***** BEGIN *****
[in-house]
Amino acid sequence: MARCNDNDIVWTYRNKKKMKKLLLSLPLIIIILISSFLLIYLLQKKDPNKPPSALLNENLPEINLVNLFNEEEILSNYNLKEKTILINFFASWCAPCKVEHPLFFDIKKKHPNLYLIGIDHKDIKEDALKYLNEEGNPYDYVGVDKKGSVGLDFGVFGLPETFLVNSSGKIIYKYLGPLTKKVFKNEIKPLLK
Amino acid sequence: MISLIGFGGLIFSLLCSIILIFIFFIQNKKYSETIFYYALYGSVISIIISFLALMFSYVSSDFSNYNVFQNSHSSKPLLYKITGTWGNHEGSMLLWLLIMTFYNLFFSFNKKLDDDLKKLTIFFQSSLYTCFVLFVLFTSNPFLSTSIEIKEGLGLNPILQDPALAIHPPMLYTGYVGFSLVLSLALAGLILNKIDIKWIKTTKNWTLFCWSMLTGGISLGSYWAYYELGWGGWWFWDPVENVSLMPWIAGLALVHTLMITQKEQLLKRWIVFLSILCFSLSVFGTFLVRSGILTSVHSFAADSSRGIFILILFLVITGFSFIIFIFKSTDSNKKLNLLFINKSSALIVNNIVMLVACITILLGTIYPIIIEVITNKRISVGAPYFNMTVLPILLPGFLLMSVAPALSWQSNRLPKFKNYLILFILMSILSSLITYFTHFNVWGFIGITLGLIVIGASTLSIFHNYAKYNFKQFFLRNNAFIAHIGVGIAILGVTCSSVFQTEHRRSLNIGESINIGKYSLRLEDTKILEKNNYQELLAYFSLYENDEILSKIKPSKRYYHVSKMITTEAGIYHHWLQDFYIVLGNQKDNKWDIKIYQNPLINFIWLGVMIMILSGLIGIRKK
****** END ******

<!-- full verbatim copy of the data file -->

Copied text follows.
[in-house]
Amino acid sequence: MARCNDNDIVWTYRNKKKMKKLLLSLPLIIIILISSFLLIYLLQKKDPNKPPSALLNENLPEINLVNLFNEEEILSNYNLKEKTILINFFASWCAPCKVEHPLFFDIKKKHPNLYLIGIDHKDIKEDALKYLNEEGNPYDYVGVDKKGSVGLDFGVFGLPETFLVNSSGKIIYKYLGPLTKKVFKNEIKPLLK
Amino acid sequence: MISLIGFGGLIFSLLCSIILIFIFFIQNKKYSETIFYYALYGSVISIIISFLALMFSYVSSDFSNYNVFQNSHSSKPLLYKITGTWGNHEGSMLLWLLIMTFYNLFFSFNKKLDDDLKKLTIFFQSSLYTCFVLFVLFTSNPFLSTSIEIKEGLGLNPILQDPALAIHPPMLYTGYVGFSLVLSLALAGLILNKIDIKWIKTTKNWTLFCWSMLTGGISLGSYWAYYELGWGGWWFWDPVENVSLMPWIAGLALVHTLMITQKEQLLKRWIVFLSILCFSLSVFGTFLVRSGILTSVHSFAADSSRGIFILILFLVITGFSFIIFIFKSTDSNKKLNLLFINKSSALIVNNIVMLVACITILLGTIYPIIIEVITNKRISVGAPYFNMTVLPILLPGFLLMSVAPALSWQSNRLPKFKNYLILFILMSILSSLITYFTHFNVWGFIGITLGLIVIGASTLSIFHNYAKYNFKQFFLRNNAFIAHIGVGIAILGVTCSSVFQTEHRRSLNIGESINIGKYSLRLEDTKILEKNNYQELLAYFSLYENDEILSKIKPSKRYYHVSKMITTEAGIYHHWLQDFYIVLGNQKDNKWDIKIYQNPLINFIWLGVMIMILSGLIGIRKK